Where were you last night? If you weren’t at the Mullins Center, you missed a show your friends will be talking about for years and years to come.
When tickets went on sale to the general public for last night’s Jay-Z concert, uninformed UMass students found, to their dismay, that there were no student priced tickets available. Live Nation released an online password that allowed anyone who possessed it to go on their website and purchase tickets at the discounted “student” prices. Almost immediately after the student presale began, it ended and online ticket brokers had jumped all over the profit-guaranteeing price.
Tickets were selling for more than $500 a piece, and it seemed pretty clear that UMass students weren’t going to be able to even afford to see their idol in their home arena. Regular seats were still available, but to get them, it cost top dollar. Tickets were actually available today on ticketmaster.com, even though there were none this past week. Junior Maddy Lasky, who was outwardly disappointed by the “secret student password” system, found tickets today on ticketmaster.com and paid $60 each after fees.
A few scattered scalpers meandered around the parking lots looking for drunk and desperate students to rip off, but regardless, the gathering turned out to be student-heavy. In filed guys donning polo shirts, jerseys, and/or sideways, flat-brimmed hats along with scantily clad young women in North Face jackets as well as a solid mix of plain tees and button-ups completing what was a diverse crowd, to say the least.
J.Cole and Wale opened the show as the majority of the crowd was still piling in. A thick fog of marijuana smoke filled the rafters of the Mullins as some other crowd members popped pills.
The masses erupted when N.E.R.D took the stage led by front-man Pharrell Williams with a full instrumental band behind him. They prepared the crowd for the big main act and performed their huge hits including “Rock Star,” “She Wants to Move” and even “Drop It Like It’s Hot.”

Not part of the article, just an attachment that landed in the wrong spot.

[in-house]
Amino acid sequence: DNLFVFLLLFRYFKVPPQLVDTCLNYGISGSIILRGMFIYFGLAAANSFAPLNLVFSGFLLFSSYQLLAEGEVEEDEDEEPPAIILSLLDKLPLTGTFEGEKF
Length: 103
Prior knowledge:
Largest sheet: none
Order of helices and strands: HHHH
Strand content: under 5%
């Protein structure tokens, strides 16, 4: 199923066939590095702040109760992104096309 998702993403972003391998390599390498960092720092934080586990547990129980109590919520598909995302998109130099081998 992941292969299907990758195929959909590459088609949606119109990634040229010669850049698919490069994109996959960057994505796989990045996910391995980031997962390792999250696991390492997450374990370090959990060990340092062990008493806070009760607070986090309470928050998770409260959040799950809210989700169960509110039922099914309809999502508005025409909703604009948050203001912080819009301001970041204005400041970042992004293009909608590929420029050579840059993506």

Their tight rhythms and catchy tracks induced a sea of dancing and partying like a packed house party at its peak before the cops roll up.
Williams invited all the “good lookin’ young ladies” to the front and brought about five up on the stage. Security, with their hands full already, fought back hoards of emotional girls who pushed and shoved through the aisles for a chance to live their wildest fantasies in front of the packed house. After calling up some “thick girls,” he grinded up on them and made sure everyone recognized that they knew how to move just as well as anyone.
The rap/rock band made a lot of new fans and satisfied old ones with their electric and energetic set.
A roaring drum roll into the song “No Sleep Till Brooklyn” by the Beastie Boys brought all to their feet as a 10 minute countdown appeared on the screens on each side of the stage. As someone was thrown out with three minutes to go, the mass of partiers went crazy in a cheer for the ejected fan. Whatever he was doing must have been pretty terrible to catch security’s attention considering the abundant rowdiness and drug use.
The Beatles’ “Live and Let Die” blasted through the massive speakers as the clock wound down, the lights dimmed and the fans passionately chanted “HOVA! HOVA! HOVA!”
From a cloud of smoke in a spotlight, the King of New York, Jay-Z, emerged like a godly being to the stage and began a song of his latest album, “The Blueprint III,” “Run This Town.”